It is Winer's opinion that the velveteen collar is a "trimming" for tariff classification purposes, and that accordingly, the collar should also be considered "trimmings" as that term is used for purposes of the policy directive regarding findings and trimmings which implemented the Special Regime Program. Therefore, Winer contends that the collar should be considered an exception to the requirement under subheading 9802.00.90, HTSUS, that all fabric components be wholly formed and cut in the U.S.
The exception for findings, trimmings, etc., under the Special Regime Program, was necessarily intended to be of a restrictive nature, as the intent of the statute was to ensure that all fabric components be formed and cut in the U.S. In this regard, it is noted, for example, that the exception for foreign-origin elastic strips was limited to strips of less than one inch in width. This
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exception applied to brassiere straps only, and thus could not be used for a more substantial component, such as waistbands, which are in excess of one inch in width.
While "findings and trimmings" for purposes of the Special Regime Program are not specifically defined, the examples set forth above, such as thread, lace trim and labels (as well as elastic trim less than one inch in width), are indicative of the types of components which may be considered exceptions to the requirement that all fabric components be formed and cut in the U.S. Based on statutory intent and the examples set out in the directive, it is Customs position that the velveteen collar in the instant case would not have been considered a "finding" or "trimming" under the Special Regime Program. Thus, since the collar is a fabric component and was not wholly formed and cut in the U.S., the subject women's jacket would not have been eligible for entry under subheading 9802.00.8010, HTSUS, upon importation. Therefore, the jacket will similarly be ineligible for duty-free treatment entry under subheading 9802.00.90, HTSUS, the successor provision to subheading 9802.00.8010, HTSUS, upon return to the U.S.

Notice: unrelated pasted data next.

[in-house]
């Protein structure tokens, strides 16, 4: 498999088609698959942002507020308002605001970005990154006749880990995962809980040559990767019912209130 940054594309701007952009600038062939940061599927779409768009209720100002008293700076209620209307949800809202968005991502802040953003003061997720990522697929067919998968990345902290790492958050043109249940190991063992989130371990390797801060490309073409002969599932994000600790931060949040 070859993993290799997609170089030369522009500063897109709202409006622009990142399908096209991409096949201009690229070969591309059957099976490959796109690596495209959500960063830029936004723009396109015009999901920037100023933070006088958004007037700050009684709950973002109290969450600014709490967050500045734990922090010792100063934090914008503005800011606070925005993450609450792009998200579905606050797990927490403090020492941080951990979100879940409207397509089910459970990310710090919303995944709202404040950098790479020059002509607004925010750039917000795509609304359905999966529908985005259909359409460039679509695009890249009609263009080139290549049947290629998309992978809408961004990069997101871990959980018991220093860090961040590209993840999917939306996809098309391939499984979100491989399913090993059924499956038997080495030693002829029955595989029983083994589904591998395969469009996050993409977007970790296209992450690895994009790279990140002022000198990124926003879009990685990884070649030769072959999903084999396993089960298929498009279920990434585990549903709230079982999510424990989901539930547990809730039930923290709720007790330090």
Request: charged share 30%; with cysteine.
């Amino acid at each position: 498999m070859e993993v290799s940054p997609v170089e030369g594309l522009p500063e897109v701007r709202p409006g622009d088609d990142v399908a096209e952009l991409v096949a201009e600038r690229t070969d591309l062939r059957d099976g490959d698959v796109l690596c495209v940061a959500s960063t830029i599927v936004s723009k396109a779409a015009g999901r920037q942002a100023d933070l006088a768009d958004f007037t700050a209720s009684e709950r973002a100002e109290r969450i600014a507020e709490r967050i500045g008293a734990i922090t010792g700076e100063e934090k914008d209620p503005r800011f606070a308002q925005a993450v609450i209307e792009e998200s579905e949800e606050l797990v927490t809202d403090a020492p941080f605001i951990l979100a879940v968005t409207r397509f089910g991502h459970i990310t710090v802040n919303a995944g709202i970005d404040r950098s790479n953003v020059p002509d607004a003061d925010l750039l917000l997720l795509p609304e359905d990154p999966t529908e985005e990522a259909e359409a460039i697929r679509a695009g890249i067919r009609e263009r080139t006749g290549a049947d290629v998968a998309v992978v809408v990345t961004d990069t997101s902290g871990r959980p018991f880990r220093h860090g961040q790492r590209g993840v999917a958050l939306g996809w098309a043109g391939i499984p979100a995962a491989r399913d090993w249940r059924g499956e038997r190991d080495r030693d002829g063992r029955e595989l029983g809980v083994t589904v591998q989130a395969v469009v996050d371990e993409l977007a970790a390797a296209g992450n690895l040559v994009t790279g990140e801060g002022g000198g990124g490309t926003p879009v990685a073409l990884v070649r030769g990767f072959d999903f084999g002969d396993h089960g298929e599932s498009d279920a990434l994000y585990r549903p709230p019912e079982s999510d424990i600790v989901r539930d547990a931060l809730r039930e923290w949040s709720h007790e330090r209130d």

For purposes of the directives implementing the Special Regime Program administered under subheading 9802.00.8010, HTSUS, which are also applicable to its successor provision, subheading 9802.00.90, HTSUS, a cotton velveteen collar of a women's jacket is not considered a "finding" or "trimming". Since the collar is a fabric component and is not wholly formed and cut in the U.S., the jacket would not have been eligible for duty-free entry under subheading 9802.00.8010, HTSUS. Therefore, the jacket is similarly ineligible for duty-free treatment under subheading 9802.00.90, HTSUS, upon return to the U.S., as the collar was not wholly formed and cut in the U.S.
This decision should be mailed by your office to the internal advice requester no later than 60 days from the date of this letter. On that date the Office of Regulations and Rulings will take steps to make the decision available to Customs personnel via the Customs Ruling Module in ACS and the public via the Diskette Subscription Service, Lexis, Freedom of Information Act and other public access channels 60 days from the date of this decision.
John Durant, Director
Commercial Rulings Division